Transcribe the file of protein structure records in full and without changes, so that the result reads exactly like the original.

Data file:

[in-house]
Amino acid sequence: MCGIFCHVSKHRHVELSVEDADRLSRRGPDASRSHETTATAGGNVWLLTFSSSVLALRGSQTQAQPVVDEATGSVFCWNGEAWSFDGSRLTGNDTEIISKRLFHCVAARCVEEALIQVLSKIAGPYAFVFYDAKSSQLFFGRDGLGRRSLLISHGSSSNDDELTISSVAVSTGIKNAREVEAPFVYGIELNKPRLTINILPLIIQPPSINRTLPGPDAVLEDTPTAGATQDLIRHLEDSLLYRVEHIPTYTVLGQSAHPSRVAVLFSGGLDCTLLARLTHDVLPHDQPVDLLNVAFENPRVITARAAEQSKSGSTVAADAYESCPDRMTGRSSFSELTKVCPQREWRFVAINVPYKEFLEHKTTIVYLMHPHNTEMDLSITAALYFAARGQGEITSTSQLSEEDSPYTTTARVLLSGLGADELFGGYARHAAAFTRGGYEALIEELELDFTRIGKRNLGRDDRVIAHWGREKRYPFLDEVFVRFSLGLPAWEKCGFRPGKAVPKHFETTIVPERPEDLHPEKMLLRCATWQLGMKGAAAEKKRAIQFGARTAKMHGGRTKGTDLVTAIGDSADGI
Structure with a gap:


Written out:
[in-house]
Amino acid sequence: MCGIFCHVSKHRHVELSVEDADRLSRRGPDASRSHETTATAGGNVWLLTFSSSVLALRGSQTQAQPVVDEATGSVFCWNGEAWSFDGSRLTGNDTEIISKRLFHCVAARCVEEALIQVLSKIAGPYAFVFYDAKSSQLFFGRDGLGRRSLLISHGSSSNDDELTISSVAVSTGIKNAREVEAPFVYGIELNKPRLTINILPLIIQPPSINRTLPGPDAVLEDTPTAGATQDLIRHLEDSLLYRVEHIPTYTVLGQSAHPSRVAVLFSGGLDCTLLARLTHDVLPHDQPVDLLNVAFENPRVITARAAEQSKSGSTVAADAYESCPDRMTGRSSFSELTKVCPQREWRFVAINVPYKEFLEHKTTIVYLMHPHNTEMDLSITAALYFAARGQGEITSTSQLSEEDSPYTTTARVLLSGLGADELFGGYARHAAAFTRGGYEALIEELELDFTRIGKRNLGRDDRVIAHWGREKRYPFLDEVFVRFSLGLPAWEKCGFRPGKAVPKHFETTIVPERPEDLHPEKMLLRCATWQLGMKGAAAEKKRAIQFGARTAKMHGGRTKGTDLVTAIGDSADGI
Structure with a gap: